The Economic Challenges of Dewatering at the Victor Diamond Mine in Northern Ontario, Canada
The challenges of mining economically have never been greater than under current global financial conditions. The costs and efficiency of dewatering are particularly important at De Beers Canada’s Victor diamond mine in northern Ontario where:
- the bottom of the water-bearing carbonate country rocks is near the bottom of the planned pit, limiting the available drawdown in perimeter wells;
- the majority of inflow to the wells comes from a very limited number of discrete zones in the carbonate rocks resulting in low hydraulic efficiencies of the wells;
- line power to the mine is limited, mandating efficient pumping over a wide range of yields and lifts; and
- the relatively isolated northern setting and extreme cold winter temperatures (which can reach -40 to -60 deg C) present logistical issues (e.g., insulation of wellheads and pipelines, and having to truck in heavy materials over an ice road during a relatively short period of time).
The hydrogeology of the Victor mine area was characterized over three
relatively short winter field seasons using packer tests, pumping tests,
step-drawdown tests, and downhole logging (particularly production or
“spinner” logs) to define the lateral and vertical variation in the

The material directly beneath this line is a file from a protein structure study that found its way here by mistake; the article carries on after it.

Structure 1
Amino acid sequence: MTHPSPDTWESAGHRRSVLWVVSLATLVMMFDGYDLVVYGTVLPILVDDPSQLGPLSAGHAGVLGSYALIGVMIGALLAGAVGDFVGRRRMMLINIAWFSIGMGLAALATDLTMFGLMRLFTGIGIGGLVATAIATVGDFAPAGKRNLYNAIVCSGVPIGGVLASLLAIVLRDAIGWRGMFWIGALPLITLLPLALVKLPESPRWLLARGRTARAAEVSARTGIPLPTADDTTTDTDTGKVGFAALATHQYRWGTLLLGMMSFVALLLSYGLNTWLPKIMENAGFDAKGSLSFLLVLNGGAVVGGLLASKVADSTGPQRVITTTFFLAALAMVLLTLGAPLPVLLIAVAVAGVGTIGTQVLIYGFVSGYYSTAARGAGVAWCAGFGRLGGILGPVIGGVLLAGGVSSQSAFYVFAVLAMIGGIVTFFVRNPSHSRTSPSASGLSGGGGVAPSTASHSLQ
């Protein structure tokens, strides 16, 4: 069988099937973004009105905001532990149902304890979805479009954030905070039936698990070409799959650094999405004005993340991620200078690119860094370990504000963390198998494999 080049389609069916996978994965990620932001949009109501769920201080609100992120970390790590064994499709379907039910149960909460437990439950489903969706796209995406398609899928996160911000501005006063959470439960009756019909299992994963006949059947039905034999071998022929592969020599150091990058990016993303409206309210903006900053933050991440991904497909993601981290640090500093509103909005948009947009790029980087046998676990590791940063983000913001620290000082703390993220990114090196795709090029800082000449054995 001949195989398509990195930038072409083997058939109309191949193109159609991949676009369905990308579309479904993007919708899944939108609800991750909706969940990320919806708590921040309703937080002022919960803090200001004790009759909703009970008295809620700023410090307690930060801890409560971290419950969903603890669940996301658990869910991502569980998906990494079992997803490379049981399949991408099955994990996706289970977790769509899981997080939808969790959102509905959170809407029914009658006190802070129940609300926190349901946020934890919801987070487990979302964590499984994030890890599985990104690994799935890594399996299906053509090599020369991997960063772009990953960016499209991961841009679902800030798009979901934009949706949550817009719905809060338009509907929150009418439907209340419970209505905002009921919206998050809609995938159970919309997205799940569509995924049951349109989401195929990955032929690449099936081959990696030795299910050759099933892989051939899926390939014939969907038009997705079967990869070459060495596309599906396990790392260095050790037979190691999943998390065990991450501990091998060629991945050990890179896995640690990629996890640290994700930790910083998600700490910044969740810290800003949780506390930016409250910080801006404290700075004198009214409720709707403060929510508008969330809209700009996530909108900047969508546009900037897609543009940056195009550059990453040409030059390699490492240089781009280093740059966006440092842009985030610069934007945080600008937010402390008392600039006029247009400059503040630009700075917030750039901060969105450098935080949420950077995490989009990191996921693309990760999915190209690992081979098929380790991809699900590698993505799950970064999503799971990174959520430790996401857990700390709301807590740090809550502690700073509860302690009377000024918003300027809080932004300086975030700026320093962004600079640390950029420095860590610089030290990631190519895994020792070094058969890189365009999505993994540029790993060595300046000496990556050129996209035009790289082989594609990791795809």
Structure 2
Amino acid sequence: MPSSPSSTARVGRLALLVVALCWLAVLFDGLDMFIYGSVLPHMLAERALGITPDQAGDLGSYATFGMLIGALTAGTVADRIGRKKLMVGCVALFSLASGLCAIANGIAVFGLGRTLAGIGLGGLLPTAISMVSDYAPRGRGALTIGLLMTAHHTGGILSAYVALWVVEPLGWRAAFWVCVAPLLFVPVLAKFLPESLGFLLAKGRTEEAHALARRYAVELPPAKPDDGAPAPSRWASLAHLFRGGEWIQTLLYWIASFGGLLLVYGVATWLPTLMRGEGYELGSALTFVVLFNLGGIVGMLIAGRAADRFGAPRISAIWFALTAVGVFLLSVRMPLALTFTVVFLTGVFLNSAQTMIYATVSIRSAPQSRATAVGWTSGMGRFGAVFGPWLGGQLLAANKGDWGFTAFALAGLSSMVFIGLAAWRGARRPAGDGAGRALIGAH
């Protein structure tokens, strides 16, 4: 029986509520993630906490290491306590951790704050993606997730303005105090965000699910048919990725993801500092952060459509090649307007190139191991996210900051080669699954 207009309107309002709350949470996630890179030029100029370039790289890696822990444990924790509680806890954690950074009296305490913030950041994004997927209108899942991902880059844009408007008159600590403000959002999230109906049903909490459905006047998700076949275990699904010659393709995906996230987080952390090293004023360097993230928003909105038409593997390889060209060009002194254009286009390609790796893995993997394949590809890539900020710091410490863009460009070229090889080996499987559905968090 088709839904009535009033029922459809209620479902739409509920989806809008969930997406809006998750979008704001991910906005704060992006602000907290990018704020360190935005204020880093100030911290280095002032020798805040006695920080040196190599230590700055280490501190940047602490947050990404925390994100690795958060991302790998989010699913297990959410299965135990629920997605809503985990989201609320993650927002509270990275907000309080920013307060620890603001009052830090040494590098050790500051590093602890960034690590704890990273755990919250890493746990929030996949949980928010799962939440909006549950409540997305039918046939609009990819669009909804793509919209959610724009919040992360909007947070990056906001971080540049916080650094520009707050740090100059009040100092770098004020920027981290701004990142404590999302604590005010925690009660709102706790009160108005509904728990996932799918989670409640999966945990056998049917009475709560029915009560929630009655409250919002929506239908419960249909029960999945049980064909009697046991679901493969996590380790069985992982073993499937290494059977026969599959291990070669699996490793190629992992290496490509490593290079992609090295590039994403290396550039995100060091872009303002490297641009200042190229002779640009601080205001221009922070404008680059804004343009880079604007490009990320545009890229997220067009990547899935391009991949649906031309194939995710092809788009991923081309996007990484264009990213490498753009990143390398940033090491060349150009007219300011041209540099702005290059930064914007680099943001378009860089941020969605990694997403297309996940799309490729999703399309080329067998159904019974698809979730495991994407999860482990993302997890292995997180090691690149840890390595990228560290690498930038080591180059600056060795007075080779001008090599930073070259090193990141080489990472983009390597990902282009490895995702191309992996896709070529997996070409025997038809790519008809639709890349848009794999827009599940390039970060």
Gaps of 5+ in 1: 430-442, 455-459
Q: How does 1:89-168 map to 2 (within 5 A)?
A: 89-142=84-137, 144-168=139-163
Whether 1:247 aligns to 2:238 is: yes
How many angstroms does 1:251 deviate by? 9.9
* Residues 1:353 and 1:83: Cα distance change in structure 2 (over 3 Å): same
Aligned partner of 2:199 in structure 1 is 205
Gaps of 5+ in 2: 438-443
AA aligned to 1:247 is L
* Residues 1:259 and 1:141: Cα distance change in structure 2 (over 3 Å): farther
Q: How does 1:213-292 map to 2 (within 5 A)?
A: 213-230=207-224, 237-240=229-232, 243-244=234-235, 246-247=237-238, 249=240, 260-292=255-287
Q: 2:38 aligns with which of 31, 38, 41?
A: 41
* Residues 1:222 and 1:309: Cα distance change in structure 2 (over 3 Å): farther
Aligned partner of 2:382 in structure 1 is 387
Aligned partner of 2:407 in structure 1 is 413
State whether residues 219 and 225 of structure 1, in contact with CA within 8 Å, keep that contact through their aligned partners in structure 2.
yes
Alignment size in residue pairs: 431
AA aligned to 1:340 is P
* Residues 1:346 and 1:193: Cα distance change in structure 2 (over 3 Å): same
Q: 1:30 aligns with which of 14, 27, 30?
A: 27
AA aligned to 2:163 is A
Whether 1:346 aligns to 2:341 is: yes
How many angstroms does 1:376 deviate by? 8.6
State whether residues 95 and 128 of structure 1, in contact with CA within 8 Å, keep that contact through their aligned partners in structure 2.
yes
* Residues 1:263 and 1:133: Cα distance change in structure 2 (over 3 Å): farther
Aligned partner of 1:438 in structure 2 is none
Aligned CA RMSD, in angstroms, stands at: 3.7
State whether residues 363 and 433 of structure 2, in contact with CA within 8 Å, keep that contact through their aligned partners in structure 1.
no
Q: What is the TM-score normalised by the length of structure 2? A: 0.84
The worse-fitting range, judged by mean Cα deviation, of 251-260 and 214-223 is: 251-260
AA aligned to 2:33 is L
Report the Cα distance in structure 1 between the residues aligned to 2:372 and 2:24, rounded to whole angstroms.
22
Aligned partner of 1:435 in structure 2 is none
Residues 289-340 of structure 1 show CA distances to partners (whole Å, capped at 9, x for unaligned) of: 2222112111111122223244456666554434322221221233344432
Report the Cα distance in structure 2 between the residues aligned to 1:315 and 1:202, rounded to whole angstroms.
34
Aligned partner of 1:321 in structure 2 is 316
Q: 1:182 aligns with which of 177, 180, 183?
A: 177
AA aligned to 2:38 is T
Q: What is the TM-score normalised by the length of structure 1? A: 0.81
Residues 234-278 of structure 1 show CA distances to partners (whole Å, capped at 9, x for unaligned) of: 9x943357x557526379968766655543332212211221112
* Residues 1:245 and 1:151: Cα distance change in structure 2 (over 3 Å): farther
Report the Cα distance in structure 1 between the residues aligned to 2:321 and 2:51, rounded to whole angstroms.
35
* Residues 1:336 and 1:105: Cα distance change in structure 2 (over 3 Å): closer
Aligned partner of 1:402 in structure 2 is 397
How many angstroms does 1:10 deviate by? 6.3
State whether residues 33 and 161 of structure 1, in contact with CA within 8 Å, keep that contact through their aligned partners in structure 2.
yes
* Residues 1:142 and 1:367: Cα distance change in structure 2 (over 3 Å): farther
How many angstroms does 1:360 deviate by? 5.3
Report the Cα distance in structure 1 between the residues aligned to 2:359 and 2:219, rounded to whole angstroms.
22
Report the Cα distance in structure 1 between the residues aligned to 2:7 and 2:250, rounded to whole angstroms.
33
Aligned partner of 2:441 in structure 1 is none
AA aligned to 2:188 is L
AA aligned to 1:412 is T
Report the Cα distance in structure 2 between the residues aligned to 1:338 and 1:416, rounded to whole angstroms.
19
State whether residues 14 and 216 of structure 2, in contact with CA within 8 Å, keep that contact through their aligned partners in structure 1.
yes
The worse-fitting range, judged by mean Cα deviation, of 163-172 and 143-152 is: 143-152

hydraulic conductivity of the carbonate aquifer. Based on analysis of
the resulting data, wells were designed and submersible pumps with
variable frequency drives were installed.
Two 3-dimensional numerical groundwater flow models were constructed:
- a “sub-regional” model to simulate the long-term effects of dewatering on aquifer conditions and on local rivers and creeks. This model was used for the feasibility study for the mine and in support of the mine permitting process; and
- a near-pit “window” model to simulate groundwater conditions in the immediate vicinity of the mine. This model incorporates detailed local variations in the hydrostratigraphy and the construction and pumping performance of individual wells and is used as a management tool to optimize pumping from the dewatering system.
These models are used in tandem to direct design of the dewatering system, evaluate its effectiveness, and to predict long-term environmental effects.
In January 2009, seven dewatering wells were pumping at a combined rate of about 84,000 m3/day with the goal of maintaining water levels 15 m below the bottom of the pit. By January 2009, the ratio of m3 of water pumped to m3 of material excavated was about 9.8:1.
Atkinson, L.C., P.G. Keeping, and J.C. Wright. 2009. The economic challenges of dewatering at the Victor Diamond Mine in northern Ontario, Canada. Internation Mine Water Association Annual Meeting, Pretoria, South Africa, 19 - 23 October.